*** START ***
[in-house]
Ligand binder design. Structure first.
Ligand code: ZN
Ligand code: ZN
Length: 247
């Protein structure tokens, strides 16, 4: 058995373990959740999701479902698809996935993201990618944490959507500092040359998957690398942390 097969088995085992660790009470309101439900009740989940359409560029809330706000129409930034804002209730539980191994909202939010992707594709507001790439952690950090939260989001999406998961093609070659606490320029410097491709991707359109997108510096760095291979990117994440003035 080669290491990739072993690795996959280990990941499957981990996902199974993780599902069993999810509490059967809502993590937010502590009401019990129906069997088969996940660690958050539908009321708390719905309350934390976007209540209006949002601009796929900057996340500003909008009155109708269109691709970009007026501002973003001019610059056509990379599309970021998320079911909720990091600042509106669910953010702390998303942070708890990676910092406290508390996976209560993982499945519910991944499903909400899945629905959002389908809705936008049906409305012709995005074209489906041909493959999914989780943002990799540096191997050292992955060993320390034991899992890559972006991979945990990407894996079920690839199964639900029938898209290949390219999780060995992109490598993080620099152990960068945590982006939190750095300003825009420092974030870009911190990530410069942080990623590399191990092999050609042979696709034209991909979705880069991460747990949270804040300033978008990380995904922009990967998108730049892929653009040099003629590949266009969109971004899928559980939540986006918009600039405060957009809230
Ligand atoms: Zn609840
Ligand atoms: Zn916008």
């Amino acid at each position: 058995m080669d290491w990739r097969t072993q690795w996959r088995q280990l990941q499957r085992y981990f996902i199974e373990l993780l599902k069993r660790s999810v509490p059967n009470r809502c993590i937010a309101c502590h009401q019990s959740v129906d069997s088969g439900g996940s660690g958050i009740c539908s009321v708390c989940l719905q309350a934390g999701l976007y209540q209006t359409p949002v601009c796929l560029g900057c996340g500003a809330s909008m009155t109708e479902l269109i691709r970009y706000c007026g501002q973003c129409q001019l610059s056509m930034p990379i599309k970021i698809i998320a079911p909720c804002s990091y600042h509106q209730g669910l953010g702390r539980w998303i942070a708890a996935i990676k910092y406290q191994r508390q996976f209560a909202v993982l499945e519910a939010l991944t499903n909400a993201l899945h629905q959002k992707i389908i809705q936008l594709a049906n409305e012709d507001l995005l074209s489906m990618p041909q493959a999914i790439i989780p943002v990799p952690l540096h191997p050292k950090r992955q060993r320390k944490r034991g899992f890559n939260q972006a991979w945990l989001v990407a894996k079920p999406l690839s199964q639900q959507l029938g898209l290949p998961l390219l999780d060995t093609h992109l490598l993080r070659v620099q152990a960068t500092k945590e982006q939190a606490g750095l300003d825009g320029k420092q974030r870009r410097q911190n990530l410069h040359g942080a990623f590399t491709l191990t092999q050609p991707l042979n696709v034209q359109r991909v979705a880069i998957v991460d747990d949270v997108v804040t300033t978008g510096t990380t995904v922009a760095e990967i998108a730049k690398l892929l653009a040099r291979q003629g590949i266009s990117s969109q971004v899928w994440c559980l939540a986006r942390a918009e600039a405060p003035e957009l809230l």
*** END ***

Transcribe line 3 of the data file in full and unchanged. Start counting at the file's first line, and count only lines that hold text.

Ligand code: ZN